But that’s not what most people mean when they use the phrase. I think what they mean is, among those of us who think reading and thinking are like, the best things ever, there is a special group who never struggle with their writing. These people merely take a deep breathe in…and then exhale fully formed, theoretically groundbreaking, elegantly structured arguments that flow, unimpeded, from page to published in a matter of weeks. Those are the people who are worthy of being scholars. You are not one of them. So you must be JNCO.
It’s clear when I put it like that how absurd the fear is. But that’s the thing about fears—they don’t have to make sense to have power. The real story is we all have parts of this work that come more easily to us, and parts we have to work our asses off to get done. My husband, for example, reads pretty slowly, but can give a clear, nuanced summary of whatever he’s read immediately afterward. And to my eternal irritation he can draw on it pretty easily while in the midst of debate three months later. I, on the other hand, whip through reading at twice his speed, but have to do extra work—summarizing the document in writing, for example—in order to neatly express the takeaway points. And don’t ask me what I read even a couple weeks afterward. That’s why I took the notes, isn’t it?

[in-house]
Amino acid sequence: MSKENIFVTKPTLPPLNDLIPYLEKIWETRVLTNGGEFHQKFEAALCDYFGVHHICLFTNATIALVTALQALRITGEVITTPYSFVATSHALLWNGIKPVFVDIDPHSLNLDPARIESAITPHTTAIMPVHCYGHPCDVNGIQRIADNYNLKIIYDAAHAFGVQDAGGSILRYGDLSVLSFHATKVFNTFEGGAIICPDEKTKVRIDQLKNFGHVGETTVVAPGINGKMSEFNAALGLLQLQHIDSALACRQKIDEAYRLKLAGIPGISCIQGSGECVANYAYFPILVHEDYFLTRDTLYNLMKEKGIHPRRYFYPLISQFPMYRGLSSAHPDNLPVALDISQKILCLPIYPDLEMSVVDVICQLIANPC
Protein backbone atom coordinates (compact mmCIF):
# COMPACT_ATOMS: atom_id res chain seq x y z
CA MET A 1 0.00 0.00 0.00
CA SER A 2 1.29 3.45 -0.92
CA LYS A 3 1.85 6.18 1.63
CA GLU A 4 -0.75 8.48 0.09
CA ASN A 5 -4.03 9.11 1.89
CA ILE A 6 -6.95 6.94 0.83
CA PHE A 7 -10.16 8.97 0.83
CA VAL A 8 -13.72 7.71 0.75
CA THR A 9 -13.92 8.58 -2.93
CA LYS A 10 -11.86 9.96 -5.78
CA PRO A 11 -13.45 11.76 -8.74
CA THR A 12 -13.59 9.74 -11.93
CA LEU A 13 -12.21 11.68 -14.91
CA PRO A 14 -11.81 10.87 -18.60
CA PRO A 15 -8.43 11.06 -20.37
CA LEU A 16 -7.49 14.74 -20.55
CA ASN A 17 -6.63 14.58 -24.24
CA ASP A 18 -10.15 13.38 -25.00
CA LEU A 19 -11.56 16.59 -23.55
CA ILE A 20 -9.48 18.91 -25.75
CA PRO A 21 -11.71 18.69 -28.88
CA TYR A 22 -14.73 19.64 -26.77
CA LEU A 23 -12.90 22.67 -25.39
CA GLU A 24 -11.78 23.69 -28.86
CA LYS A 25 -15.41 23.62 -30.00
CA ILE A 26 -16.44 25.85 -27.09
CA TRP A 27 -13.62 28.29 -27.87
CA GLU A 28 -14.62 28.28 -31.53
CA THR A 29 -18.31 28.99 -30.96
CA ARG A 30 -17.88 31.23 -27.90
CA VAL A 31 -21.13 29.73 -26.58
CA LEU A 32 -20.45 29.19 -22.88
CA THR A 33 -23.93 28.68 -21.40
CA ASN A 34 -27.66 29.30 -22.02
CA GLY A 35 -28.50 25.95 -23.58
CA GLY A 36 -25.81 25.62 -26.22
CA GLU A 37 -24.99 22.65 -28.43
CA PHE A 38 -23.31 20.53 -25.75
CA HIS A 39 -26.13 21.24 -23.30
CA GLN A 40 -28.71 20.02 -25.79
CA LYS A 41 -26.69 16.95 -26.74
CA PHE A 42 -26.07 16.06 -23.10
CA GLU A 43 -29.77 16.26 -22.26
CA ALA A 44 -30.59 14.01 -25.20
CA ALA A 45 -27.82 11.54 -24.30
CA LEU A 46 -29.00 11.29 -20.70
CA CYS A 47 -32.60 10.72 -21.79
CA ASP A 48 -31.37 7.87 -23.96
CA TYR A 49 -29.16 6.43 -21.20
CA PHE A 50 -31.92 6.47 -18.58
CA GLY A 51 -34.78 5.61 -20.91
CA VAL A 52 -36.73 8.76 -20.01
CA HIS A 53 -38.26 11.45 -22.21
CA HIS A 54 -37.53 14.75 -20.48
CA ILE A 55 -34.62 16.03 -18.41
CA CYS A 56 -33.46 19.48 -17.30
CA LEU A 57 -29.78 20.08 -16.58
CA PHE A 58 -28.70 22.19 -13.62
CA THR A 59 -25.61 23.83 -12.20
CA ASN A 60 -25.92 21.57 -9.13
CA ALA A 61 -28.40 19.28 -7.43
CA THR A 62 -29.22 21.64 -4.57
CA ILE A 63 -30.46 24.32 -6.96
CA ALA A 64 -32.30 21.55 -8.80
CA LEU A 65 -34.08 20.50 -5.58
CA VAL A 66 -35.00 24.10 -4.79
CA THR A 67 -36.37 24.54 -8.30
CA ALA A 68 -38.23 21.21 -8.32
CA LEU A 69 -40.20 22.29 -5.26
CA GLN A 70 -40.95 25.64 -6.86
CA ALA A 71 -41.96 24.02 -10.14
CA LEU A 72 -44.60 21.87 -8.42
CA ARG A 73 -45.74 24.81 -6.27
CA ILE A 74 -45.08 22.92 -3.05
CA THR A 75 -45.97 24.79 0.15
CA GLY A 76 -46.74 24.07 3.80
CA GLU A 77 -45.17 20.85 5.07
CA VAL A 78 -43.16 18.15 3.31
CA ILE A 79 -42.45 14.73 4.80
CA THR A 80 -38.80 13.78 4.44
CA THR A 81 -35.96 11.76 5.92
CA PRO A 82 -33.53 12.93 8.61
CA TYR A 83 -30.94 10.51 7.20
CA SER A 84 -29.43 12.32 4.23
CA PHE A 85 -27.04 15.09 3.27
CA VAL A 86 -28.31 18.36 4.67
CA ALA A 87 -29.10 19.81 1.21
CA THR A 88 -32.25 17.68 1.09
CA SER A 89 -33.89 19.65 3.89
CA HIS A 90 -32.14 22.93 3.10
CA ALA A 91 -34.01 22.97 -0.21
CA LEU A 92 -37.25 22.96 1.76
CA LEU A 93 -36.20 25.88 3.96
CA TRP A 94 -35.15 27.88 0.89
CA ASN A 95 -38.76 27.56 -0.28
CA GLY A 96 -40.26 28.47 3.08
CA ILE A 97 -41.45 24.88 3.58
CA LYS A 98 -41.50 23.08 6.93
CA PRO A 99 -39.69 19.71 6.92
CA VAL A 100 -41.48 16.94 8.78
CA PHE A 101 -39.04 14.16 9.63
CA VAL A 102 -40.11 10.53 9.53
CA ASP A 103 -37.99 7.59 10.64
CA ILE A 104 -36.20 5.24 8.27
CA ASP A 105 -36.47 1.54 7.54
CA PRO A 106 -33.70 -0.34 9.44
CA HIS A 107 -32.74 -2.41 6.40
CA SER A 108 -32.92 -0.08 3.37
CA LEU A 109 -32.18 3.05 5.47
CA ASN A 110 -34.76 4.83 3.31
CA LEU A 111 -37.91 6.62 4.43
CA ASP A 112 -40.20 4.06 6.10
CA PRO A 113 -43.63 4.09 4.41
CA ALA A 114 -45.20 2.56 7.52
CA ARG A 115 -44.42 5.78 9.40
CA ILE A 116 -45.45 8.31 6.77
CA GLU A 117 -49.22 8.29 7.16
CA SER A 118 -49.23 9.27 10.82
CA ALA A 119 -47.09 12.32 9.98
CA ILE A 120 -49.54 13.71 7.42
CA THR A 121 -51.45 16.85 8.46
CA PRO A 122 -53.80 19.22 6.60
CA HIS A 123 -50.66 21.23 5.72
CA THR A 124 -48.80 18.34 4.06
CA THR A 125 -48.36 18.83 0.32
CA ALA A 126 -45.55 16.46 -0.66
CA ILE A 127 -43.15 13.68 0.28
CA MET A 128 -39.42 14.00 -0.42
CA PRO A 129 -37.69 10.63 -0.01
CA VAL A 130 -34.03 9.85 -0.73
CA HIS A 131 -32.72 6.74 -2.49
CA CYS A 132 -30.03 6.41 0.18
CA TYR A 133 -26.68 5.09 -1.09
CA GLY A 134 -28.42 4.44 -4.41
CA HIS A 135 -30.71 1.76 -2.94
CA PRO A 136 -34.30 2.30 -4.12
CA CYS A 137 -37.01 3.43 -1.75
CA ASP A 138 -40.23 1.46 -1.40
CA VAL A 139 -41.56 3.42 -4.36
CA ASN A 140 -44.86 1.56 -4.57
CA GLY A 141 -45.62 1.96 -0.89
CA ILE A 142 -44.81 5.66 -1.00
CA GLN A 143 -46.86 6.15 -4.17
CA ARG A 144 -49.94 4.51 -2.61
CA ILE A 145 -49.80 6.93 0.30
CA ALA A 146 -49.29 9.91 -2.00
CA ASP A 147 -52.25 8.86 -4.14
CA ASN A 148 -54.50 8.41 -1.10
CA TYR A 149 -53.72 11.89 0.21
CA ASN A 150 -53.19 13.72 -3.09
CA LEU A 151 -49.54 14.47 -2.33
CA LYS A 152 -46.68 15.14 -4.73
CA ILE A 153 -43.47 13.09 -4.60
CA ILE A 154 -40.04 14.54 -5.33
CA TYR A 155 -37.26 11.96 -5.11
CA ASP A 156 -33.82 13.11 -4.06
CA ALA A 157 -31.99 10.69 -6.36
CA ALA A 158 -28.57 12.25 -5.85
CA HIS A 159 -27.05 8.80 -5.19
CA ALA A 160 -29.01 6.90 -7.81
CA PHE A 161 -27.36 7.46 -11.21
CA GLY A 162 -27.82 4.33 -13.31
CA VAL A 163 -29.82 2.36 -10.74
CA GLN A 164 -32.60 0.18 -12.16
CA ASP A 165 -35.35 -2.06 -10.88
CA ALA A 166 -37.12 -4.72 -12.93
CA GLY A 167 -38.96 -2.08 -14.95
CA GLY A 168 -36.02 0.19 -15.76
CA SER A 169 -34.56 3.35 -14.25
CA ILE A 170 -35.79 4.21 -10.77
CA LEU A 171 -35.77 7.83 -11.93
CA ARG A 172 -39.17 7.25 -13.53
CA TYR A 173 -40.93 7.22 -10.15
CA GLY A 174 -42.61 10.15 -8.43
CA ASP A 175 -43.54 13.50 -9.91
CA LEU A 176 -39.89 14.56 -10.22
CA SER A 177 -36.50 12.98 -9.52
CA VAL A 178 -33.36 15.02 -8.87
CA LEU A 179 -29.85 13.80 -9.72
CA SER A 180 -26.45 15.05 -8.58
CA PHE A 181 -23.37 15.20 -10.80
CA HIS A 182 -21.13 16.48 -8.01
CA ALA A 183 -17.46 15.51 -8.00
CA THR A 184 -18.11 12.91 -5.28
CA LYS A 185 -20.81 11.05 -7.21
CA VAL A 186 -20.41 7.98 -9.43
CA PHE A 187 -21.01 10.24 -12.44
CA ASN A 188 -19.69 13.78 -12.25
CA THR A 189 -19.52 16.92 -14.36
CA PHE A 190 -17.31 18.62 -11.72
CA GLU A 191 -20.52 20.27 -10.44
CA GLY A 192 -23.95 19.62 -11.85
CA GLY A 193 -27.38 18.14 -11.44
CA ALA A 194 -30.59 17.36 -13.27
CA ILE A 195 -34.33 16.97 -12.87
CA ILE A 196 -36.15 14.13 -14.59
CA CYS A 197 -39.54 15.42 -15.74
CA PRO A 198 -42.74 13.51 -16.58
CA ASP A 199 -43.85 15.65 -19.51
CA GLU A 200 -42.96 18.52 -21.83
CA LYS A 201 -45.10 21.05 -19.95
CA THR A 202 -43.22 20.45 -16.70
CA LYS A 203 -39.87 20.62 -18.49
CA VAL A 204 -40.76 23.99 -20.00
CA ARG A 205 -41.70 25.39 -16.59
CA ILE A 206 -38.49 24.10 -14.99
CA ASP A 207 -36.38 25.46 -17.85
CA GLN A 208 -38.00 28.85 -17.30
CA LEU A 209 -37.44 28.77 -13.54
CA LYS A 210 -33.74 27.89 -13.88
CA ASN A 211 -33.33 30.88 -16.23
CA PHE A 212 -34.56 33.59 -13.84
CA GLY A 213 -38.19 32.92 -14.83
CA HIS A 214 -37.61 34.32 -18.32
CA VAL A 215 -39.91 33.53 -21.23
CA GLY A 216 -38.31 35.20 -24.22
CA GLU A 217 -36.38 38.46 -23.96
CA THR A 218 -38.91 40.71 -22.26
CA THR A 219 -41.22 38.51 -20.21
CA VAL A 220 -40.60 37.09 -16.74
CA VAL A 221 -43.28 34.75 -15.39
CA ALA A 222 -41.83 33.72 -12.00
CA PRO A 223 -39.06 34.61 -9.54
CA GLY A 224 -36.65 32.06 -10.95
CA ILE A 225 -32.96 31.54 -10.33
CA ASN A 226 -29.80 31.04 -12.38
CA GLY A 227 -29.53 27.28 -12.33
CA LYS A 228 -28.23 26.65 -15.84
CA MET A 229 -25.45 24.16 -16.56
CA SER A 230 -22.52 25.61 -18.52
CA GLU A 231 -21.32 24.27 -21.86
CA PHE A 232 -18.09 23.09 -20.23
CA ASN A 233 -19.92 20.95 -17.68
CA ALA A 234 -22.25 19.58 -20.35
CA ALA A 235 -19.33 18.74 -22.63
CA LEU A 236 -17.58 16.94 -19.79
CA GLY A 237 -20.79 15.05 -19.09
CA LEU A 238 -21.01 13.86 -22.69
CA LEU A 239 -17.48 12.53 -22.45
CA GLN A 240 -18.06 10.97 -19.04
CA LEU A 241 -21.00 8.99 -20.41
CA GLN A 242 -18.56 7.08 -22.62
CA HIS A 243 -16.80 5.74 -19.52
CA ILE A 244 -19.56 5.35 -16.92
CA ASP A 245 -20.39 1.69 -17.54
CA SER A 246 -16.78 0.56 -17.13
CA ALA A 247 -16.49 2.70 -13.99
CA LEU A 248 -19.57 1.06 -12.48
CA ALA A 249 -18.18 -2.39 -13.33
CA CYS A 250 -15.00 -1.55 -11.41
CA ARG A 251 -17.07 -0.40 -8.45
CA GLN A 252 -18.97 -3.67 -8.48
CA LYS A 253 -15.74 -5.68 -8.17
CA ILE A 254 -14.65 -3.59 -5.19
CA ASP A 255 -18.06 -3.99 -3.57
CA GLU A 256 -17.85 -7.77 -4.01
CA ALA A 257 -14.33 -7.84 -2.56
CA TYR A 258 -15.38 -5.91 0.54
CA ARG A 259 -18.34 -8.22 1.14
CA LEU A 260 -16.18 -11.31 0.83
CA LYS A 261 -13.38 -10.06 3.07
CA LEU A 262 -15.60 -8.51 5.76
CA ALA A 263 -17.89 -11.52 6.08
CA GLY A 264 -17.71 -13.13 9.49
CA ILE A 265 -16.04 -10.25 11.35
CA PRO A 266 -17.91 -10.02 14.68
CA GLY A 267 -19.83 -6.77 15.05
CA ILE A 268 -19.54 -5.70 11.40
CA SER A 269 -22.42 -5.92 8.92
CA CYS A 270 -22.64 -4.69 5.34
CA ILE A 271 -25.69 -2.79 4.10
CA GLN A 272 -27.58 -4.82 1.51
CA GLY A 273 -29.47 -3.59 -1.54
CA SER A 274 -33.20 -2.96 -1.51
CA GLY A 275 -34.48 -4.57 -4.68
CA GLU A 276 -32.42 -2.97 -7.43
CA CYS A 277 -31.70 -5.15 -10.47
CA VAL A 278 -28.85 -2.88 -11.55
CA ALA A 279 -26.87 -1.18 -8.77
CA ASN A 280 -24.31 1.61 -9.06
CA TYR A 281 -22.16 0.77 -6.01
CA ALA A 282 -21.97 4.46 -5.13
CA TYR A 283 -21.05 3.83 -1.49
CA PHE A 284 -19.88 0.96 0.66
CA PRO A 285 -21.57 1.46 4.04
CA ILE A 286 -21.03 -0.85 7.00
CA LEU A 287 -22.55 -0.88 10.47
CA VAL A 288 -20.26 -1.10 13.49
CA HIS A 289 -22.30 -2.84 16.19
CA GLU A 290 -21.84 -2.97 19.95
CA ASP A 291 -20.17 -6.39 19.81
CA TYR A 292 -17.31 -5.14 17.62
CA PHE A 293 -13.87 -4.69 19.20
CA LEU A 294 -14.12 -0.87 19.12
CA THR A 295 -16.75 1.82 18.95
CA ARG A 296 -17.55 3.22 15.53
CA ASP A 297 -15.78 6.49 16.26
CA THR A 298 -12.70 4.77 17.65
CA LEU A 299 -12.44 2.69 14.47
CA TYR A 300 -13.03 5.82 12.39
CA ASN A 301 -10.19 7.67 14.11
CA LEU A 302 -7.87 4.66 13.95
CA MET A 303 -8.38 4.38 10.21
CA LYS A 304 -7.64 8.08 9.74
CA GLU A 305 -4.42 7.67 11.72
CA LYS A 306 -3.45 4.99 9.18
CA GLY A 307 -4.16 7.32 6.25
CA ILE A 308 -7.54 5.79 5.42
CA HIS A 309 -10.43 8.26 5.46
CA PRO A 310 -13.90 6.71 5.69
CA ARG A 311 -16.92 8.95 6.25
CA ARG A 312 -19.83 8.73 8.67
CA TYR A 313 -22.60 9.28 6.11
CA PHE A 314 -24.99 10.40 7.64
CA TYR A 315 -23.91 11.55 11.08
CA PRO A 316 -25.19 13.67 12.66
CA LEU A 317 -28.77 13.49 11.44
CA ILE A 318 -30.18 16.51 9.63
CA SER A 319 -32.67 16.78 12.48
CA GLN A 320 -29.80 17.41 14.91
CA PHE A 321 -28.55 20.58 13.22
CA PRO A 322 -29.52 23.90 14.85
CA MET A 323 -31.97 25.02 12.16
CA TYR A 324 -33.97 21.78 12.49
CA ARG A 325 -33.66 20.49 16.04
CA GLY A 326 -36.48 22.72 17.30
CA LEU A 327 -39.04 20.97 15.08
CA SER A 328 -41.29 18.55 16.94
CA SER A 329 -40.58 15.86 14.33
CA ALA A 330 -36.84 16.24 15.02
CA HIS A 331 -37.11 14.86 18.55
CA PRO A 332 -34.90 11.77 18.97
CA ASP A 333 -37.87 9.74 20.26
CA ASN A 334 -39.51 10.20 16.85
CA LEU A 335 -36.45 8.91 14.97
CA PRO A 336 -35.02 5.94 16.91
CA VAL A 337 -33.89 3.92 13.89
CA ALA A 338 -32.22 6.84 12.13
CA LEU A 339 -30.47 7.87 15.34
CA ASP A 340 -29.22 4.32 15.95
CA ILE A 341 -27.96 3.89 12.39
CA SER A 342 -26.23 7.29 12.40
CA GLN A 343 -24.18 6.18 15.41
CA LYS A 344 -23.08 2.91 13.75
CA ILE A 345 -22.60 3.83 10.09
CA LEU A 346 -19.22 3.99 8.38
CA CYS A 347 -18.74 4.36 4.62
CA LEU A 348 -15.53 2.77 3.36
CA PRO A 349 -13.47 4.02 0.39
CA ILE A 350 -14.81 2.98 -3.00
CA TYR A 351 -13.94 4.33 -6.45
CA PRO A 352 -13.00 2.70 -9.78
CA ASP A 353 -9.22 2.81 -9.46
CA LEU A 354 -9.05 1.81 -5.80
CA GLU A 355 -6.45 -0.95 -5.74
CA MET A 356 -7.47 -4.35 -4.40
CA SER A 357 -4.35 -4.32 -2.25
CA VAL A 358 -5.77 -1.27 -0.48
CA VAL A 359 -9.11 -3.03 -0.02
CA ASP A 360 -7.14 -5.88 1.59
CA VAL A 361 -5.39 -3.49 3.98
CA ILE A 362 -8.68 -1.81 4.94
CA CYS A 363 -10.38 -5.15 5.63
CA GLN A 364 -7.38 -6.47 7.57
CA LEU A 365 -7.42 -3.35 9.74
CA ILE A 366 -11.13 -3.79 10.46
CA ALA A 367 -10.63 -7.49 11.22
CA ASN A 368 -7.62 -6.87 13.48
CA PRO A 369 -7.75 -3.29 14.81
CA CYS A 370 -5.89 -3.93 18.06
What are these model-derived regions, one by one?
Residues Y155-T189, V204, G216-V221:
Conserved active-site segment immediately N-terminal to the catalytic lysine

So, some things come easily to you and other things don’t. But the idea that having to struggle makes you unfit for scholarly work, well...do I even have to say it? Einstein didn’t speak until he was four. He didn’t read til age seven. And his whole life long, he was a shitty speller—in both his first and second languages. Writing is struggle, make no mistake about it. If you are hoping to spin out ideas with ease, you’re going to be sorely disappointed. But it doesn’t mean you’re not good enough to do this work.
Now, I have a theory that there’s a third thing that JNCO for academia means, something that’s unexpected, and a little hard to admit. But it’s cause for hope. Because the third thing people mean is I can’t believe they can’t see how good my work is.